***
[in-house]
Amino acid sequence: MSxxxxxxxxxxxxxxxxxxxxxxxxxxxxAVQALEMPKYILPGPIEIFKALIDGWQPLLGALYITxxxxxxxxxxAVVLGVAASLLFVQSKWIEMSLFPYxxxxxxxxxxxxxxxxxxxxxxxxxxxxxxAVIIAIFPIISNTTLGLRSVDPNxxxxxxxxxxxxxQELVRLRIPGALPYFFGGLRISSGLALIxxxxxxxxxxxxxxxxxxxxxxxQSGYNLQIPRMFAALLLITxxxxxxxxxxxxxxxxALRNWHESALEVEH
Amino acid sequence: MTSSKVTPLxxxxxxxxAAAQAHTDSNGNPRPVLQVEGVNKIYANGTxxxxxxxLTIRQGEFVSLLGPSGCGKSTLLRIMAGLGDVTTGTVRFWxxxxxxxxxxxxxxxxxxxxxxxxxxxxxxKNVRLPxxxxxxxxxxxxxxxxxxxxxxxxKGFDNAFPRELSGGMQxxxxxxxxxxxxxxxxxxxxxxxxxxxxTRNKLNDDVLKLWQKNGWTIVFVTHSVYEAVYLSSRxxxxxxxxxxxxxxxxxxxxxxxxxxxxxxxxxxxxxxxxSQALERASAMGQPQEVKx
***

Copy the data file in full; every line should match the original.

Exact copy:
[in-house]
Amino acid sequence: MSxxxxxxxxxxxxxxxxxxxxxxxxxxxxAVQALEMPKYILPGPIEIFKALIDGWQPLLGALYITxxxxxxxxxxAVVLGVAASLLFVQSKWIEMSLFPYxxxxxxxxxxxxxxxxxxxxxxxxxxxxxxAVIIAIFPIISNTTLGLRSVDPNxxxxxxxxxxxxxQELVRLRIPGALPYFFGGLRISSGLALIxxxxxxxxxxxxxxxxxxxxxxxQSGYNLQIPRMFAALLLITxxxxxxxxxxxxxxxxALRNWHESALEVEH
Amino acid sequence: MTSSKVTPLxxxxxxxxAAAQAHTDSNGNPRPVLQVEGVNKIYANGTxxxxxxxLTIRQGEFVSLLGPSGCGKSTLLRIMAGLGDVTTGTVRFWxxxxxxxxxxxxxxxxxxxxxxxxxxxxxxKNVRLPxxxxxxxxxxxxxxxxxxxxxxxxKGFDNAFPRELSGGMQxxxxxxxxxxxxxxxxxxxxxxxxxxxxTRNKLNDDVLKLWQKNGWTIVFVTHSVYEAVYLSSRxxxxxxxxxxxxxxxxxxxxxxxxxxxxxxxxxxxxxxxxSQALERASAMGQPQEVKx